Dipicolinic acid (DPA) and the Ca2+ complex of DPA (CaDPA) are major chemical components of bacterial spores. With fluorescence being considered for the detection and identification of spores, it is important to understand the optical properties of the major components of the spores. We report in some detail on the room-temperature fluorescence excitation and emission spectra of DPA and its calcium ion complex and provide a comparison of the excitation–emission spectrum in a dry, wet paste and aqueous form. DPA solutions have weak, if any, fluorescence, with increased fluorescence when the DPA is dry. After exposure to a broad source UV light of the DPA, wet or dry, we observe a large increase in fluorescence with a maximum intensity emission peak at around 440 nm for excitation light with a wavelength of around 360 nm. There is a slight blueshift in the absorption spectra of UV-exposed DPA from the unexposed DPA solution. CaDPA in solution shows a slight fluorescence with increased fluorescence in the dry form, and a substantial increase of fluorescence was observed after UV exposure with an emission peak of around 410 nm for excitation around 305 nm. The detailed excitation–emission spectra are necessary for better interpretation of the fluorescence spectra of bacterial spores where DPA is a major chemical component.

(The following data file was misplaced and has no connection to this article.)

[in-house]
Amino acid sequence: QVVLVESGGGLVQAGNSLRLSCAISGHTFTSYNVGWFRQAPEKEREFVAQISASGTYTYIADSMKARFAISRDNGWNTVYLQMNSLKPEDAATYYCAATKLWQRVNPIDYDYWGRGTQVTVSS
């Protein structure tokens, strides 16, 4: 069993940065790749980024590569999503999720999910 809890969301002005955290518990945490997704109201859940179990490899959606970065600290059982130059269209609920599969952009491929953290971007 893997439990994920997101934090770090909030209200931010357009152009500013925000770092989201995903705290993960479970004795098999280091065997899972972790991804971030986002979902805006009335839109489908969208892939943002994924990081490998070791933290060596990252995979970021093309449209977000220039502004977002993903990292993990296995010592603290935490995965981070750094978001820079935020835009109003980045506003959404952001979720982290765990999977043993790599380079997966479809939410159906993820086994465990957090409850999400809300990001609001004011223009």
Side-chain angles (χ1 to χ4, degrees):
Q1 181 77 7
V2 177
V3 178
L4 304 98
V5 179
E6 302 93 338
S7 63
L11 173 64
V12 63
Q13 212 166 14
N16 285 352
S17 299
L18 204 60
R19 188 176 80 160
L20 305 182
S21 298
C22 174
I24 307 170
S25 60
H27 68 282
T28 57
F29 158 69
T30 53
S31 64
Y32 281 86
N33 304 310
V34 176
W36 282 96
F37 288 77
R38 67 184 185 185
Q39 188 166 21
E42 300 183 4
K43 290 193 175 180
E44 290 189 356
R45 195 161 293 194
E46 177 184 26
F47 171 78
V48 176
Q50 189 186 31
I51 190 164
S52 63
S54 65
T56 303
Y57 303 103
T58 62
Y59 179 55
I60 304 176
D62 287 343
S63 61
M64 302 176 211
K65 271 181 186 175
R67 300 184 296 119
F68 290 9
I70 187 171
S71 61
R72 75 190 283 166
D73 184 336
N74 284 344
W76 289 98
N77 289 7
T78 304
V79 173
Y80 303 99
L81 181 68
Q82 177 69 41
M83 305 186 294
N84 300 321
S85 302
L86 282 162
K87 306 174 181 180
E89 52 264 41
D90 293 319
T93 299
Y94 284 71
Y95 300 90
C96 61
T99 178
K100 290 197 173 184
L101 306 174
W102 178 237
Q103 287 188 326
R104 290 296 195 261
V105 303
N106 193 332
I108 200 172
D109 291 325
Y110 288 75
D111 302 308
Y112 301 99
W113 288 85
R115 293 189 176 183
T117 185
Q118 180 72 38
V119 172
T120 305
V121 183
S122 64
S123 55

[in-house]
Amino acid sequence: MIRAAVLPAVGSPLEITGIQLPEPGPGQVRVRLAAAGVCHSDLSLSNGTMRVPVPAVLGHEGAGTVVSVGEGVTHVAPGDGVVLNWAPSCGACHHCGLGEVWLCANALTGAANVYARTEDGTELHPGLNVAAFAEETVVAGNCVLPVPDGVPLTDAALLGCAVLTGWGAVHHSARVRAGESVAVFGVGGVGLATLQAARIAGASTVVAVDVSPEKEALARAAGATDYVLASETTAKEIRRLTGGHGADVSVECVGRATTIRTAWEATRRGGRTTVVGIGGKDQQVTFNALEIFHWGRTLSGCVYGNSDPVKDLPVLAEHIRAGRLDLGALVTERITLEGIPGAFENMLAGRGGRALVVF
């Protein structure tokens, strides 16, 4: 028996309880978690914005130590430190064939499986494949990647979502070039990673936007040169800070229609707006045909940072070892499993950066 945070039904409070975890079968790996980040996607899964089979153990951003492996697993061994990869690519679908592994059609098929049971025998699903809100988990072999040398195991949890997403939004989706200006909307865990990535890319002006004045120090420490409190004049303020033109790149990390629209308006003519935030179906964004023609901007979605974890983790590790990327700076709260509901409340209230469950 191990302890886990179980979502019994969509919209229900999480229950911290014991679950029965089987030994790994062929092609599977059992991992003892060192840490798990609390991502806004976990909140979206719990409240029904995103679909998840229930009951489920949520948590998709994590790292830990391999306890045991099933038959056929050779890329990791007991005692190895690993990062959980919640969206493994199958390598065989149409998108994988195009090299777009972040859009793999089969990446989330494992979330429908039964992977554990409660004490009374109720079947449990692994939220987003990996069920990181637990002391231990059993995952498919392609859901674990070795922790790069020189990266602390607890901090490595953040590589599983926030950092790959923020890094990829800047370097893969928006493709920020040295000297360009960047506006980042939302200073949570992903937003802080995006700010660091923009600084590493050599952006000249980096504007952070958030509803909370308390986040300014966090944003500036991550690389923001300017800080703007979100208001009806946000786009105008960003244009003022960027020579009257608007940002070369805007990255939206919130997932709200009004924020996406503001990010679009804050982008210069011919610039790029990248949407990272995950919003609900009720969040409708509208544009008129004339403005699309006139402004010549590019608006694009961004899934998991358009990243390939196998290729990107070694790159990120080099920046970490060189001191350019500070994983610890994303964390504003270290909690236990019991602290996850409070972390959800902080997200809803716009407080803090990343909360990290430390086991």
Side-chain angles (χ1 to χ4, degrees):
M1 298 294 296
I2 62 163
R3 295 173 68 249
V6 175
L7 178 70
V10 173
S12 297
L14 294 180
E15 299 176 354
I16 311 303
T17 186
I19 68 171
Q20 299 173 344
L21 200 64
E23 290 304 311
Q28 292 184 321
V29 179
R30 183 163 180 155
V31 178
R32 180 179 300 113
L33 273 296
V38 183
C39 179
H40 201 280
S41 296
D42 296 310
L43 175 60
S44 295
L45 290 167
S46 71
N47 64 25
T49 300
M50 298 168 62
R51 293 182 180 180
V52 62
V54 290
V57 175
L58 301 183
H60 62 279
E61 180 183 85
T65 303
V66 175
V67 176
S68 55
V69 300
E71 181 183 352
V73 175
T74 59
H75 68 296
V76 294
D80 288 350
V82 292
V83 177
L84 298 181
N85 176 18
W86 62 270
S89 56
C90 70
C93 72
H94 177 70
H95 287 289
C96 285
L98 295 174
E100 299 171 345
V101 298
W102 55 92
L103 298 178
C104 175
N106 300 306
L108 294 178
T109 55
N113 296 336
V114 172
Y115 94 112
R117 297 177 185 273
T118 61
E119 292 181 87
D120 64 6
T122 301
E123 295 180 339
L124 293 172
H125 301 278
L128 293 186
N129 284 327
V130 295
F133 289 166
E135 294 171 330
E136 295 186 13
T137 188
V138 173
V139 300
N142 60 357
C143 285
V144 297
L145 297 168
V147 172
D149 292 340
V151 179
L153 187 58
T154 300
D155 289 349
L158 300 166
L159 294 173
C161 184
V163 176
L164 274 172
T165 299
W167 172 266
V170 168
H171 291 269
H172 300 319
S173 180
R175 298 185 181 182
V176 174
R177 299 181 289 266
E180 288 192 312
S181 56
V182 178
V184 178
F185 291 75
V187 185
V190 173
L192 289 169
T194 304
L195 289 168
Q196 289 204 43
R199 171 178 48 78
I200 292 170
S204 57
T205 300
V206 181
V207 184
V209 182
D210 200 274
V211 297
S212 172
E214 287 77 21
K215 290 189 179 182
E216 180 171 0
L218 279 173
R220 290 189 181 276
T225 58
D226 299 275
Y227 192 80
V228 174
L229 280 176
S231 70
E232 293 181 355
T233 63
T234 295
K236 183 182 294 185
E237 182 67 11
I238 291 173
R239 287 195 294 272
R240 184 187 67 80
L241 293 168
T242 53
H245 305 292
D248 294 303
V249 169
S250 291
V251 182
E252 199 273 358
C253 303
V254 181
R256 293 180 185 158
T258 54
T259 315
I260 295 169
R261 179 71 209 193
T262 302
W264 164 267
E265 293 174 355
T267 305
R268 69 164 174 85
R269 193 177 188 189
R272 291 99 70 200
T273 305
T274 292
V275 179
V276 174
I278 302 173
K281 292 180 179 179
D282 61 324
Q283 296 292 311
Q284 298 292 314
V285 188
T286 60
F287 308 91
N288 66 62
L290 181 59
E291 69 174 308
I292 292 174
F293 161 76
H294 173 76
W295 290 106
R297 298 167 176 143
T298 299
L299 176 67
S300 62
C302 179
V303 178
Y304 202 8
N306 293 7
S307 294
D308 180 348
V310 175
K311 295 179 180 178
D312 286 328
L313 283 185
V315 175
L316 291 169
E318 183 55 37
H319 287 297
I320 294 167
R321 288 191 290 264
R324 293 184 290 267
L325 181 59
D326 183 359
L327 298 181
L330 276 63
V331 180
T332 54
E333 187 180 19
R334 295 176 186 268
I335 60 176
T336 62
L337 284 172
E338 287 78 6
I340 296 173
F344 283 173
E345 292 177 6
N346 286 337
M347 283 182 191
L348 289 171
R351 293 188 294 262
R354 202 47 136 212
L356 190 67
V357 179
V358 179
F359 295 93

© 2005 Optical Society of AmericaPDF Article